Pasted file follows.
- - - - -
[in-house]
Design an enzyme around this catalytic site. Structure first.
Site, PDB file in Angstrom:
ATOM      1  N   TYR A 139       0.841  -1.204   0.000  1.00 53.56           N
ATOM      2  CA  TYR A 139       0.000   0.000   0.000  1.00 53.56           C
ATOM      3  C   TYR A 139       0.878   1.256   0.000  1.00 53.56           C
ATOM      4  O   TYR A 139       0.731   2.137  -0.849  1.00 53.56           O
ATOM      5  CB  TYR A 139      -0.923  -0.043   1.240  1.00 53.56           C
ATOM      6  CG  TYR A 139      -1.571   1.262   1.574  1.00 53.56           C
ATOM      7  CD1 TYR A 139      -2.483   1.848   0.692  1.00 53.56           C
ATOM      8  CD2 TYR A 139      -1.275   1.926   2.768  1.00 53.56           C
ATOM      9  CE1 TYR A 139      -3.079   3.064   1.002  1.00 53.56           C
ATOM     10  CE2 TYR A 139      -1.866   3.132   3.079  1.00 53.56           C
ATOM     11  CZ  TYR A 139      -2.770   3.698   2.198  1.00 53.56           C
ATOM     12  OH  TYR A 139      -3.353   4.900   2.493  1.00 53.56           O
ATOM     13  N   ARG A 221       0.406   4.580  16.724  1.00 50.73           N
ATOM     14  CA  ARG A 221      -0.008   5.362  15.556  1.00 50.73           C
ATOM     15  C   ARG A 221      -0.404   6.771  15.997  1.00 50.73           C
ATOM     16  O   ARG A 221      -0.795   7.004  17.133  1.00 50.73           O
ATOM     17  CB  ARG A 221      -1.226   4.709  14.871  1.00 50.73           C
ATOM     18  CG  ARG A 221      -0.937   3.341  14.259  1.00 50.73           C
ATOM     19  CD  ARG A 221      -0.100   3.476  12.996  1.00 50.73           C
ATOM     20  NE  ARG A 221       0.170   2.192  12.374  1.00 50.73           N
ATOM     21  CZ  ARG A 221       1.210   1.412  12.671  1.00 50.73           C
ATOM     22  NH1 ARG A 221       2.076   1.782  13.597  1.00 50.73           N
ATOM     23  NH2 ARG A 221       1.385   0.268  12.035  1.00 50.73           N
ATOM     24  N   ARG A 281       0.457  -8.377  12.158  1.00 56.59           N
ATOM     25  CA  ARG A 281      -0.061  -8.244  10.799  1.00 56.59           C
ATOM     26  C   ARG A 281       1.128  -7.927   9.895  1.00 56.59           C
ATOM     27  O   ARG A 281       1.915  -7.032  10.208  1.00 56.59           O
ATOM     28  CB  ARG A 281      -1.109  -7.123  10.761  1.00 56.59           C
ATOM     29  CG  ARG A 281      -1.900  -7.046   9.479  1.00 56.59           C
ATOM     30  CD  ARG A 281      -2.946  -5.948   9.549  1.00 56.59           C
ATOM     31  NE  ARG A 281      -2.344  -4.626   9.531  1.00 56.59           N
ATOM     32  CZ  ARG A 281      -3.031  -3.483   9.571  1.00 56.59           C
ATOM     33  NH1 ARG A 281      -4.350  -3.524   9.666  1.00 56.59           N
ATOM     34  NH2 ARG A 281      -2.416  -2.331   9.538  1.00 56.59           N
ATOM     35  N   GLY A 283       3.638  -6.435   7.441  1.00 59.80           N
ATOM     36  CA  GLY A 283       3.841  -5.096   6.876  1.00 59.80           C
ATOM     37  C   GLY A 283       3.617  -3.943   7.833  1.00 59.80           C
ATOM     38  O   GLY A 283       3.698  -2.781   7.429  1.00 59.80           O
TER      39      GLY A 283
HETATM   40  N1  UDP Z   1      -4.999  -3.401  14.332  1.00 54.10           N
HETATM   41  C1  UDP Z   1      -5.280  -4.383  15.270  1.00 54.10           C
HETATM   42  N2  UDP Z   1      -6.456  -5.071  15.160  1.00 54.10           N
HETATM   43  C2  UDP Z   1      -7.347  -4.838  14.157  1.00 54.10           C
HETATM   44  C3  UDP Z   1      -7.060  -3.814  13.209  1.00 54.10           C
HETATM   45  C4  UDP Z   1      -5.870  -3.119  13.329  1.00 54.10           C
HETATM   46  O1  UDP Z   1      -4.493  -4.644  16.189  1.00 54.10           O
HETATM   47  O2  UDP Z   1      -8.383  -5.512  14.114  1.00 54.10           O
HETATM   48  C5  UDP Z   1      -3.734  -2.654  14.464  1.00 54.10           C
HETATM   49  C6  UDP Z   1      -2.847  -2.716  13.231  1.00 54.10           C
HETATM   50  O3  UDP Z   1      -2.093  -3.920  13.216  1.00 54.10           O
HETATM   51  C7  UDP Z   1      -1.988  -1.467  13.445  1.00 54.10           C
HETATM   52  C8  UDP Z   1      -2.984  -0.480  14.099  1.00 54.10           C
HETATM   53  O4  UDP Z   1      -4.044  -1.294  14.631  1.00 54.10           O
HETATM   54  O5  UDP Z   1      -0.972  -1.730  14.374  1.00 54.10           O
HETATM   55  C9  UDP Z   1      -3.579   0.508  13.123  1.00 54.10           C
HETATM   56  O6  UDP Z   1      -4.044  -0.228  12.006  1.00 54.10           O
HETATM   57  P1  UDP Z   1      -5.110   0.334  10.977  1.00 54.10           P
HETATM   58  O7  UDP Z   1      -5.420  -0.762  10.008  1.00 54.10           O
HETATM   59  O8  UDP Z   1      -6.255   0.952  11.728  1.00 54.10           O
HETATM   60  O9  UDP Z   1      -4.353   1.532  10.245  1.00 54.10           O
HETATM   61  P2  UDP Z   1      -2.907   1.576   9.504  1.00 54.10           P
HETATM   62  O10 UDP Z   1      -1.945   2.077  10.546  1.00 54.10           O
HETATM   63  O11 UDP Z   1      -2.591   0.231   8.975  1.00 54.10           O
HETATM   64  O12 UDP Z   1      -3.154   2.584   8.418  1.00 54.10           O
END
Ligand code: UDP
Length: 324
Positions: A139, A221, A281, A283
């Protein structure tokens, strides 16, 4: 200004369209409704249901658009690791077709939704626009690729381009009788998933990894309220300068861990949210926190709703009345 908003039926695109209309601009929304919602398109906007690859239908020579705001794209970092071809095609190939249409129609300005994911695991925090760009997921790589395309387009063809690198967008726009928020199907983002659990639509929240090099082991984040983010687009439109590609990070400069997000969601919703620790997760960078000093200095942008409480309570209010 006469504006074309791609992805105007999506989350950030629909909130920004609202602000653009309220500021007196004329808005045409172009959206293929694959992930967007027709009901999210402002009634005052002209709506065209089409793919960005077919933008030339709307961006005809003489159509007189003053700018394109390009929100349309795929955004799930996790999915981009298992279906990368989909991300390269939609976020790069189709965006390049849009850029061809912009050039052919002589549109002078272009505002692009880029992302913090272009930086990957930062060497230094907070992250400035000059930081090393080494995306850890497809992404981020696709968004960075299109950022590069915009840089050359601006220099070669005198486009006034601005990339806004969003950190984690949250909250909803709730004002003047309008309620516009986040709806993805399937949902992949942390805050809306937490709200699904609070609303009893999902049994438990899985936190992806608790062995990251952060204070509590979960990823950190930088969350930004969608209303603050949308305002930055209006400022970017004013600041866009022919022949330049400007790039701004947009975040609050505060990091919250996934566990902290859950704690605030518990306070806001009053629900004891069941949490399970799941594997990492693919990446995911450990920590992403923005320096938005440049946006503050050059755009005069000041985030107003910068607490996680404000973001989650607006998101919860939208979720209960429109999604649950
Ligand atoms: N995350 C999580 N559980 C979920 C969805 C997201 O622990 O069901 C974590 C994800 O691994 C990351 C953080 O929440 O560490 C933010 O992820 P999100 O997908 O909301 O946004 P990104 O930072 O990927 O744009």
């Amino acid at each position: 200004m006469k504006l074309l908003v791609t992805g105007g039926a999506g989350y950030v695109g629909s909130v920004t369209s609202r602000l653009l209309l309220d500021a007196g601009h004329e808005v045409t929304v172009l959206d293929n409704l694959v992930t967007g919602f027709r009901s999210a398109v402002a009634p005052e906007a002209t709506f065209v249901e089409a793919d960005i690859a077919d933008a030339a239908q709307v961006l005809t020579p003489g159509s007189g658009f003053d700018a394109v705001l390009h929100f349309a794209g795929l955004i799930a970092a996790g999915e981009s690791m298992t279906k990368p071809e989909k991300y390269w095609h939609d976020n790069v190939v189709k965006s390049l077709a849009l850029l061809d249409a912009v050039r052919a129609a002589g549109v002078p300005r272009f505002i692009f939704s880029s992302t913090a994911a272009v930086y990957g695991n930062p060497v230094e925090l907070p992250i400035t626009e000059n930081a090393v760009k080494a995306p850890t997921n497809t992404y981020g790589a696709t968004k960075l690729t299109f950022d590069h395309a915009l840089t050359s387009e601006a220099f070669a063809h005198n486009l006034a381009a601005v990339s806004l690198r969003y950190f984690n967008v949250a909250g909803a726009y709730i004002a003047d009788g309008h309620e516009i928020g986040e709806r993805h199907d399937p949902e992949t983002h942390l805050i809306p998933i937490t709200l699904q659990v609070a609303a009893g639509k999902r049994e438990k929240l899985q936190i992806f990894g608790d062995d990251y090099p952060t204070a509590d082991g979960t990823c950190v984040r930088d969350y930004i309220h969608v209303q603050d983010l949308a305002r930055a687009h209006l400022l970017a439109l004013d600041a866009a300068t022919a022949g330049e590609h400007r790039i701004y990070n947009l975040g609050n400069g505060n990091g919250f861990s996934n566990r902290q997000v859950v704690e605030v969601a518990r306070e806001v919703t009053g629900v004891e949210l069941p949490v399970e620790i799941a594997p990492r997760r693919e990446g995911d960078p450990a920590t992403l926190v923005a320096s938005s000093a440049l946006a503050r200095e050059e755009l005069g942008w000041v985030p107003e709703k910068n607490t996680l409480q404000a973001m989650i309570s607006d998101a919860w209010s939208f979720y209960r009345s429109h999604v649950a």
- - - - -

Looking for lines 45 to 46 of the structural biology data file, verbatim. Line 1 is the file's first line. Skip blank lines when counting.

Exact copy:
HETATM   42  N2  UDP Z   1      -6.456  -5.071  15.160  1.00 54.10           N
HETATM   43  C2  UDP Z   1      -7.347  -4.838  14.157  1.00 54.10           C